March 12, 2023

Cost of Not Serving your Customers

We’ve all heard extreme examples of how different companies failed to serve their customers, like that time a T-Mobile Customer Service Representative changed a customer’s name on their account to “Idiot” or when an Air Transat flight sat on the tarmac for hours without providing customers any food, air conditioning, or water. But what happens when a company’s inability to serve its customers is subtler, simultaneously more pervasive, and seemingly out of its control? That’s an issue many Consumer Packaged Goods (CPGs) and consumer-focused brands face today. And, often these issues can be tied to transportation shortcomings - specifically the ability to close the gap between transportation planning and execution.

Today’s CPG brands contend with tons of challenges, like inventory availability, sustainability concerns, and rising costs, but customer expectations are a big ticket item too, and one that cannot be ignored. In fact, the way those challenges play out has a direct impact on overall business and customer relationships. So, in terms of transportation, what is the actual cost of not serving your customers? Read on for SemiCab's take on the question.


Losing stock of a particular item is only good when selling out was the intended plan. In almost any other scenario it means dissatisfied customers who will go looking for that item from another retailer. According to a survey conducted by Shopify, when faced with a stockout, 70% of customers will shop elsewhere, and 9% won’t buy anything at all.

Data from 2021 shows that US retailers lost 7.4% of sales in 2021 due to stockouts, that’s $82 billion in lost revenue. Aside from the financial loss, there’s also a chance that the customer will choose to never return again. In an effort to appease customers, CPGs may opt to purchase additional inventory or reposition existing goods on short notice, which usually incurs rush fees, yet another hit on revenue. Clearly, having the right inventory in the right place at the right time is critical in keeping customers happy while balancing your bottom line.

Sometimes stockouts are unavoidable (like if there is a shortage of raw materials needed to continue production), but prolonged production times are just as detrimental. Companies facing a continued shock to production could wipe out as much as 30-50% of one year’s Earnings Before Interest, Taxes, Depreciation, and Amortization (EBITA). All in all, these numbers add up to an alarming amount, and could often be avoided with better transportation planning.

Empty and non-productive miles

Driving empty refers to when a truck makes a trip carrying no cargo, which often happens when a truck is returning from a delivery. Many private and dedicated fleets have no choice and end up driving empty backhaul miles, which results in lost revenue and excess carbon emissions. Plus, it can be unsafe for drivers. As of this writing, 25-30% of miles driven annually are empty miles resulting in $100B in lost value, not to mention the added carbon emissions.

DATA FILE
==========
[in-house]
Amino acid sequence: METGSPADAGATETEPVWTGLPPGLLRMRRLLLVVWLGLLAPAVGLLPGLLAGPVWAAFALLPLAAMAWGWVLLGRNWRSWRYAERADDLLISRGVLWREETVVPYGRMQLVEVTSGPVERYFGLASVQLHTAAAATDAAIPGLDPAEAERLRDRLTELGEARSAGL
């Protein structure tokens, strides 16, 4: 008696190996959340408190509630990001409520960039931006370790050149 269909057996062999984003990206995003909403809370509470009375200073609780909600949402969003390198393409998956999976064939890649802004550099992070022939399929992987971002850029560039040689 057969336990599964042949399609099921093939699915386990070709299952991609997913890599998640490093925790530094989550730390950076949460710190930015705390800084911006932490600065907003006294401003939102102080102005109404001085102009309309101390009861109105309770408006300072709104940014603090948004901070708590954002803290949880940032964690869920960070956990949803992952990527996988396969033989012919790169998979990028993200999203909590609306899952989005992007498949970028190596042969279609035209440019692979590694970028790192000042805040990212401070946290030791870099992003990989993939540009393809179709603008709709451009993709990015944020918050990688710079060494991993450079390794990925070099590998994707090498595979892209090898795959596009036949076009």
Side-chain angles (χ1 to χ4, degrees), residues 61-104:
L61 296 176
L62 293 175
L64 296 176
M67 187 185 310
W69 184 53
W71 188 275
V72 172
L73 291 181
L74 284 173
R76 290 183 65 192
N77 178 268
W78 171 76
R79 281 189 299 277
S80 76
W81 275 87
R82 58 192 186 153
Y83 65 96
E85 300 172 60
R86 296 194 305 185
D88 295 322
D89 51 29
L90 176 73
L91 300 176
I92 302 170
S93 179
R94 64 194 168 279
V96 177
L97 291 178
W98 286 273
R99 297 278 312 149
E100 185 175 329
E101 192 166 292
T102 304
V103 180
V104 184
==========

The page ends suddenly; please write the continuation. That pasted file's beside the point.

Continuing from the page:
When a truck sits idle, it’s just as bad as driving empty; one hour of idle time is equal to 30 miles of driving. Many fleet trucks spend large portions of their day idling while waiting and loading and unloading. According to the US Department of Energy, passenger and commercial vehicles waste about 6 million gallons of fuel and $21 billion per year, without moving a mile. This waste is happening throughout the day, from domicile to first pick-up, every time a carrier needs a new load, and when the driver makes their way home.

It’s not the case right now, but there will be times again down the road when capacity will be hard to find and fuel prices will erratically fluctuate. When you combine this with trucks idling and being driven empty, this is bad for the environment and business. These added costs impact the retailer, which may then impact the consumer, and possibly negatively impact the CPG brand again if they lose customers - a vicious cycle that could be avoided with improved transportation execution.

Stringent requirements

As if stockouts and empty miles weren’t enough, major retailers like Walmart also have stringent On Time In Full (OTIF) requirements to abide by, typically of 98%. And when those requirements aren’t met, CPG brands are then hit with fines as high as 3% of the total shipment. And who does this impact? Why, both the shipper and the customer, of course, so once again, nobody is happy.

So, what’s the cost of not serving your customers?

TOO MUCH! That’s how much! The current way transportation is managed isn’t working, it’s siloed, fragmented, and transactional in nature. There is too much back and forth with a carrier or broker, it’s reliant on highly manual processes and prone to significant risk and disruption. If a carrier rejects a tender and moves to a more profitable lane, CPG brands have to react and scramble to find an alternative, which means service and margins are now at risk. And while shippers have the option to address their needs on the spot market, that usually means spending an extra 20%-30% on an often unvetted asset, not a viable option for the long or mid-haul.

Which of these problems are you facing? Are you ready for a change? Reach out to see how the SemiCab solution is closing the gap between transportation planning and the actual execution of mid to long-haul truckload transportation. SemiCab creates and operates efficient multi-enterprise networks for today’s leading CPG and consumer-focused brands.


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